Managing Your Career Advancement

  • Join and actively participate in activities of national (for example, National Young Academies (NYA)), regional (The African Academy of Sciences (The AAS), Next Einstein Forum (NEF), African Science Leadership Programme (ASLP), among others), international (Organization for Women in Science in the Developing World (OWSD), Global Young Academy (GYA), The World Academy of Science (TWAS), and so on) networks of top-level scientists/researchers and utilize it.
  • Vitae Researcher Development Framework (RDF) (Figure 4): This is a tool that can help to steer and support the career advancement plans of researchers including Women in Science. A simple personalized RDF is shown in Figure 5 that may be adapted to develop personal career advancement goals and associated activities.
  • Familiarize yourself with the conditions of service at your institution. Do not miss a promotion/annual increment. Prepare for and maximize the opportunities available therein:

Maternity Leave

Research Leave

Annual Leave (if you are unable to use it, bank it!)

Short-Term and Long-Term Leaves

Training Leave

Vitae RDF - University of Wolverhampton

Figure 3: Vitae Researcher Development Framework



Figure 4: Sample Personalized Researcher Development Framework

Source: Temitope O. Sogbanmu, 2021


Aiming for Global Impact and Relevance in Science

  • ‘Town and Gown’ interaction – translational research: it is important particularly for researchers in resource-poor settings to engage various publics who their research has potential impact on for collaboration, funding, research uptake and ultimately impact.
  • Demand-driven research: industry/policy priorities relevant to one’s research within the locality, state, or country should be addressed in research agenda of scientists. This will support uptake and relevance of the research outputs. One prime example is the United Nations Sustainable Development Goals (UN SDGS) with attendant targets and indicators. Women in Science especially from resource-poor settings should identify which of these goals and targets align with their research expertise or vice versa and develop projects to feed into the indicators, hence, global relevance. Similarly, the African Union Agenda 2063 Goals are another ‘checklist’ of research demands which Women Scientists can leverage on to align their research priorities and seek funds and/or collaborations. A sample personalized UNSDGs and AU Agenda 2063 Goals align with researcher priorities is shown in Figure 5 below.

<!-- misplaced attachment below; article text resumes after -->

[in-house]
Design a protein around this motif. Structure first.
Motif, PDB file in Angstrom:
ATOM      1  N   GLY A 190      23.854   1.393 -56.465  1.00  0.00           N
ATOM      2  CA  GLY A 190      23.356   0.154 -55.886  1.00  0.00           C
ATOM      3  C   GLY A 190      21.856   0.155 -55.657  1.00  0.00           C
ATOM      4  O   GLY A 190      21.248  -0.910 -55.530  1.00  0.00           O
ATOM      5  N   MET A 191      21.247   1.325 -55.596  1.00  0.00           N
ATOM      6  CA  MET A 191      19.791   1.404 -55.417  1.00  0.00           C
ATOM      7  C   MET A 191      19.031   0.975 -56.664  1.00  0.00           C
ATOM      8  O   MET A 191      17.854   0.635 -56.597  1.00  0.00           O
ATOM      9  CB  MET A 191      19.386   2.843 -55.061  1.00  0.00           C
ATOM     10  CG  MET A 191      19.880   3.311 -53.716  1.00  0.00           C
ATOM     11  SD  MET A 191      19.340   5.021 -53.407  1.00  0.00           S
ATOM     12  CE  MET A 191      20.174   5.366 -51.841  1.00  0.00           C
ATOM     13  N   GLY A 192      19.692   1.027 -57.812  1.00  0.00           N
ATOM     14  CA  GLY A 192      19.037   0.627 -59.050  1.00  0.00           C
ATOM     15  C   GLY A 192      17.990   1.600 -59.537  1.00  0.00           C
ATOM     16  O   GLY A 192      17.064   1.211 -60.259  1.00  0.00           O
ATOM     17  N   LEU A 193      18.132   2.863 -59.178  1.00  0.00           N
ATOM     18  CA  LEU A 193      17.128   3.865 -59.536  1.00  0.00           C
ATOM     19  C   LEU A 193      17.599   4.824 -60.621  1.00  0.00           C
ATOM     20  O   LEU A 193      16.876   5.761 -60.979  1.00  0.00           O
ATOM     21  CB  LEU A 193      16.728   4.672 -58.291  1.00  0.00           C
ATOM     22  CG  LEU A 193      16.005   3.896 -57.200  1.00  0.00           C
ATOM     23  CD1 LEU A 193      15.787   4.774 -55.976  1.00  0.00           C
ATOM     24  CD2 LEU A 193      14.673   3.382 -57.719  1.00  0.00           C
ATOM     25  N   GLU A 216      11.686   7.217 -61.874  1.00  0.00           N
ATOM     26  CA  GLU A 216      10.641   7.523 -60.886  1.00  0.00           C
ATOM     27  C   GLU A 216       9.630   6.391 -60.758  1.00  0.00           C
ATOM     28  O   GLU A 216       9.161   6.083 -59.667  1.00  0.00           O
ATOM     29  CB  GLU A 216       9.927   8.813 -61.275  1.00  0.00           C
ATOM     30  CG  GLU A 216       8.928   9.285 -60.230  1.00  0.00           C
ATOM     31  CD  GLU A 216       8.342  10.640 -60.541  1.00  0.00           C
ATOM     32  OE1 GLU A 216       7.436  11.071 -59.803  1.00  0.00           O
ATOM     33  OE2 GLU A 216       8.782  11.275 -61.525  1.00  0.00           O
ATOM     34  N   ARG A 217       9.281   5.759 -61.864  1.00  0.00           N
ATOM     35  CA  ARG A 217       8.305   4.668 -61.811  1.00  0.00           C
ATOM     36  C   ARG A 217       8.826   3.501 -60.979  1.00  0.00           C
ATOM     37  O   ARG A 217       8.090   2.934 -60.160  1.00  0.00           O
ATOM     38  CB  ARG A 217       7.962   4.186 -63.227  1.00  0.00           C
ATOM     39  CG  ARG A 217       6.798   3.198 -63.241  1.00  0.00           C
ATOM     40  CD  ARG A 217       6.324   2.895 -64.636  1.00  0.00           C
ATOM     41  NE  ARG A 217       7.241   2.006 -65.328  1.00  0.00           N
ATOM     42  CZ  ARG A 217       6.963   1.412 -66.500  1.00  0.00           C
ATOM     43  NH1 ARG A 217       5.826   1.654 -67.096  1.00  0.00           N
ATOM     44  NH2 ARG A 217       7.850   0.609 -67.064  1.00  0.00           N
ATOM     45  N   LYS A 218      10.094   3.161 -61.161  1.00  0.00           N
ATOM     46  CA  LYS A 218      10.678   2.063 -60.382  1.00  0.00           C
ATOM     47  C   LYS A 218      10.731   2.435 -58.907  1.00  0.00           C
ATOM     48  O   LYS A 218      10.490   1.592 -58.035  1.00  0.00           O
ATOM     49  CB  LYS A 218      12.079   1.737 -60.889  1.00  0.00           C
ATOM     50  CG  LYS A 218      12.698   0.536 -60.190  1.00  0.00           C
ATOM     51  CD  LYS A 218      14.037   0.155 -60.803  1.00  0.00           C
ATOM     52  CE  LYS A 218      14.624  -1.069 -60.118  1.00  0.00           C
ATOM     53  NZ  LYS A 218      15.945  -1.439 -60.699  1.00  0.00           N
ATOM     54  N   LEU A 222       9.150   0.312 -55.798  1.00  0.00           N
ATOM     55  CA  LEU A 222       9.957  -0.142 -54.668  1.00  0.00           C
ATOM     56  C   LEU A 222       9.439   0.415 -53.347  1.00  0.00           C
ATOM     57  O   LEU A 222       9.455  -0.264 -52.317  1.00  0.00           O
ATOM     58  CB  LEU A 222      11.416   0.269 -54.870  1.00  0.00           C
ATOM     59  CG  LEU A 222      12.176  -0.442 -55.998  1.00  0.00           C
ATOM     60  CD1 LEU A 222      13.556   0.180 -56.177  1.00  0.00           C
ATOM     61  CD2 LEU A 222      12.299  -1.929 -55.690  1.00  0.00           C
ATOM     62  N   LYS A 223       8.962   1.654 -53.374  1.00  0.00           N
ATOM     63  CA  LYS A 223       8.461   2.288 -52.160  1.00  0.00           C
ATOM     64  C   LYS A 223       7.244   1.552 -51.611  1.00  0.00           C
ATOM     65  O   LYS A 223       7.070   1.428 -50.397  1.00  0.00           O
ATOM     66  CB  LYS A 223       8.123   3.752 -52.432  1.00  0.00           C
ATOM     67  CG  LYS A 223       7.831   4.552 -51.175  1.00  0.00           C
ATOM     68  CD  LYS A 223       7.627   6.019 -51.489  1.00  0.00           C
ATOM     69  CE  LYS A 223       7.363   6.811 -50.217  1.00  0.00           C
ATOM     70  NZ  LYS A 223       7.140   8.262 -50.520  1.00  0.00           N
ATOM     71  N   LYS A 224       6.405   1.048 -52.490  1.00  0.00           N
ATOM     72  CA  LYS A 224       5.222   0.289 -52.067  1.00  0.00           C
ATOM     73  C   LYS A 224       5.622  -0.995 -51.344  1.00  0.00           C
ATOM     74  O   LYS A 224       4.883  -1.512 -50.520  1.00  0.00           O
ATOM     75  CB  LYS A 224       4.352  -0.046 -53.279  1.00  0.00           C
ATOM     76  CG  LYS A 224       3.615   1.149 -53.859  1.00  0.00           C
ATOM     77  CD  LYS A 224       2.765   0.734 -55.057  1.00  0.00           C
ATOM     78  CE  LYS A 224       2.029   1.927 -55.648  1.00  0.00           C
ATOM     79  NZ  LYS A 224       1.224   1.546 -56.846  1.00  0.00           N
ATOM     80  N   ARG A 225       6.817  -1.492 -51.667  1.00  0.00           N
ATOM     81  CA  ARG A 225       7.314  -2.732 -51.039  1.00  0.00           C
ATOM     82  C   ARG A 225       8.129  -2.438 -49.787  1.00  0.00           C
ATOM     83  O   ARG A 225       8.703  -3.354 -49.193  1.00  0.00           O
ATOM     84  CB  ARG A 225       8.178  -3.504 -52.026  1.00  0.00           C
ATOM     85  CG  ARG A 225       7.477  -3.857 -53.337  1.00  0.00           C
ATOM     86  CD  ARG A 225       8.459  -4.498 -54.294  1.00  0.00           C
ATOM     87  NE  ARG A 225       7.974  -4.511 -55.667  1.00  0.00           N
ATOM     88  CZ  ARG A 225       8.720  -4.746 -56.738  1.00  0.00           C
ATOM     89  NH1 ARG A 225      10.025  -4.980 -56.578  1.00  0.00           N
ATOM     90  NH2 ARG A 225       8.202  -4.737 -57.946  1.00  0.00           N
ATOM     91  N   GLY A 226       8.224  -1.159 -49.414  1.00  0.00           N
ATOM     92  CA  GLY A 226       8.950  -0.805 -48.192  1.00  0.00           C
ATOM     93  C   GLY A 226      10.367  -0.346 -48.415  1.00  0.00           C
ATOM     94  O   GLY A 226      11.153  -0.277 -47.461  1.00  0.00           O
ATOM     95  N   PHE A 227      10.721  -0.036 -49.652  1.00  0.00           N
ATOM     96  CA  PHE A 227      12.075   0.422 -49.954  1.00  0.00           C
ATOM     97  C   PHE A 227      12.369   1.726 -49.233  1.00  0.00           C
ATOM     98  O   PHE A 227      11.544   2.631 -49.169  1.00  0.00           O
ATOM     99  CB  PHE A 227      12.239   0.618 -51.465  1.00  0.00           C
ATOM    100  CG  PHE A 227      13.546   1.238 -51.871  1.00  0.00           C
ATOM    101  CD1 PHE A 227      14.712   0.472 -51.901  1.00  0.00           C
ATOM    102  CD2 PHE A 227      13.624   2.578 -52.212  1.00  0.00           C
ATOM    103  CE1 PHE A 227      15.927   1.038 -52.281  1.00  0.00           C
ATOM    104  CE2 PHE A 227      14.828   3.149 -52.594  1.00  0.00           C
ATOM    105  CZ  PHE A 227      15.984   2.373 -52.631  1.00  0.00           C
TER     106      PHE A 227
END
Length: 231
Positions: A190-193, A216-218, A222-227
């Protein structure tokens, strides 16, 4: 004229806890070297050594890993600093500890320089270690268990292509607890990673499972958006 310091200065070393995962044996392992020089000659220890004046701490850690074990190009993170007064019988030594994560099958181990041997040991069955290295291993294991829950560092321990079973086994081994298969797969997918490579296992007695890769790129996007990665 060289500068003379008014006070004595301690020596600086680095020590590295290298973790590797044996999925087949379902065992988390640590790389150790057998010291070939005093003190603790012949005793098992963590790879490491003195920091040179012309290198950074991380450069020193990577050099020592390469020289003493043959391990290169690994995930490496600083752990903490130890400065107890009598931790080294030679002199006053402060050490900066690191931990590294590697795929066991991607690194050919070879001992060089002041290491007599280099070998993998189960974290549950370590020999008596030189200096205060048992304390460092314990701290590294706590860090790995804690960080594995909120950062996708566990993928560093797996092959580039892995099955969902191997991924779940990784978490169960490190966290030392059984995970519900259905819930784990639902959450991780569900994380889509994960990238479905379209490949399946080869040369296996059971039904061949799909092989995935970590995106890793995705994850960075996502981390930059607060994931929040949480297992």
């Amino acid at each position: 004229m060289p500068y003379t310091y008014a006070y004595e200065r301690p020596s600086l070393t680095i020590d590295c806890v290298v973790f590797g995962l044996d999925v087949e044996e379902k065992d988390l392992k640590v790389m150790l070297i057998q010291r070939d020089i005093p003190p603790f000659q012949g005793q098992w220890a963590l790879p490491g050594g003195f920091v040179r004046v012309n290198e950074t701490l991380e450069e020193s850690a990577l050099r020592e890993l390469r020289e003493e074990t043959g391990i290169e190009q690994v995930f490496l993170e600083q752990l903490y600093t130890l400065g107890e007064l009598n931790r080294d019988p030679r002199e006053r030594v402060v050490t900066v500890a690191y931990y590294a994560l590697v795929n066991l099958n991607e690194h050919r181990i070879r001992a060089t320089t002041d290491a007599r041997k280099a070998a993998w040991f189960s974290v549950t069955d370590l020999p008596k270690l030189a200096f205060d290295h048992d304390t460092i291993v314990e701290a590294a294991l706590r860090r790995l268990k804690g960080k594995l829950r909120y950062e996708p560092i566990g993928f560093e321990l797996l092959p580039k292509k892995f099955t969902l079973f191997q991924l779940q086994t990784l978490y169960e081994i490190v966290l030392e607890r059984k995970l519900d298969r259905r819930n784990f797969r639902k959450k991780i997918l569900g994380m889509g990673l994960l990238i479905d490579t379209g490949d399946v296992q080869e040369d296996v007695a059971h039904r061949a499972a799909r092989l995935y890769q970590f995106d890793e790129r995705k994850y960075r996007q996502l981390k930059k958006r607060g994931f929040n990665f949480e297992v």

• Capacity-building: continuous and periodic participation in trainings, short courses, seminars, webinars some of which are free and accessible online is imperative to keep abreast with latest developments and techniques in one’s research field.
  • Identifying mentors and being a mentor: seeking person(s) to be mentored by, either female or male who is experienced not necessarily in age but who has the skills and achievements that one desires in the medium to long term is important. Similarly, being a mentor to others such as peers, younger colleagues even older colleagues are key. Endeavour to be open, willing to learn and willing to be of help as much as within your ability, time and expertise. Mentorship can also be indirect or from afar.
  • Project yourself to the world (Research(er) visibility): this has been detailed in the previous section. It is highly important as Women Scientists particularly from resource-poor settings who are aiming for global impact
  • Expand your network and collaborations
  • Be bold and aim for top positions both locally, regionally and internally.


Figure 5: Sample Personalized Research Priority Plan/Agenda based on Relevant Sustainable Development Goals and African Union Agenda 2063 Goals

Source: Temitope O. Sogbanmu, 2021



We can be all we want to be and achieve if we believe in ourselves, have faith and work wisely. It is up to you to optimize your time and resources for impact as a Woman in Science.



APM (Association for Project Management) 7th edition (2019). APM Body of Knowledge. Edited by Ruth Murray-Webster. Publisher: APM
ISBN: 978-1-903494-82-0 

Bonaccorsi, A., Secondi, L. (2017). The determinants of research performance in European universities: a large-scale multilevel analysis. Scientometrics 112: 1147–1178.

Fathima FN, Awor P, Yen Y-C, Gnanaselvam NA, Zakham F (2020). Challenges and coping strategies faced by female scientists—A multicentric cross sectional study. PLoS ONE 15(9): e0238635.

Mukhwana A.M., Abuya T., Matanda D., Omumbo J., Mabuka J. (2020). Factors which contribute to or inhibit women in Science, Technology, Engineering, and Mathematics in Africa. Published by the AAS, Nairobi.


Ecotoxicology and Conservation Unit, Department of Zoology, faculty of Science, University of Lagos, Akoka, Lagos, Nigeria


Environmental Evidence Synthesis and Knowledge Translation (EESKT) Research Cluster, TETFund Centre of Excellence on Biodiversity Conservation and Ecosystem Management (TCEBCEM), University of Lagos, Akoka, Lagos, Nigeria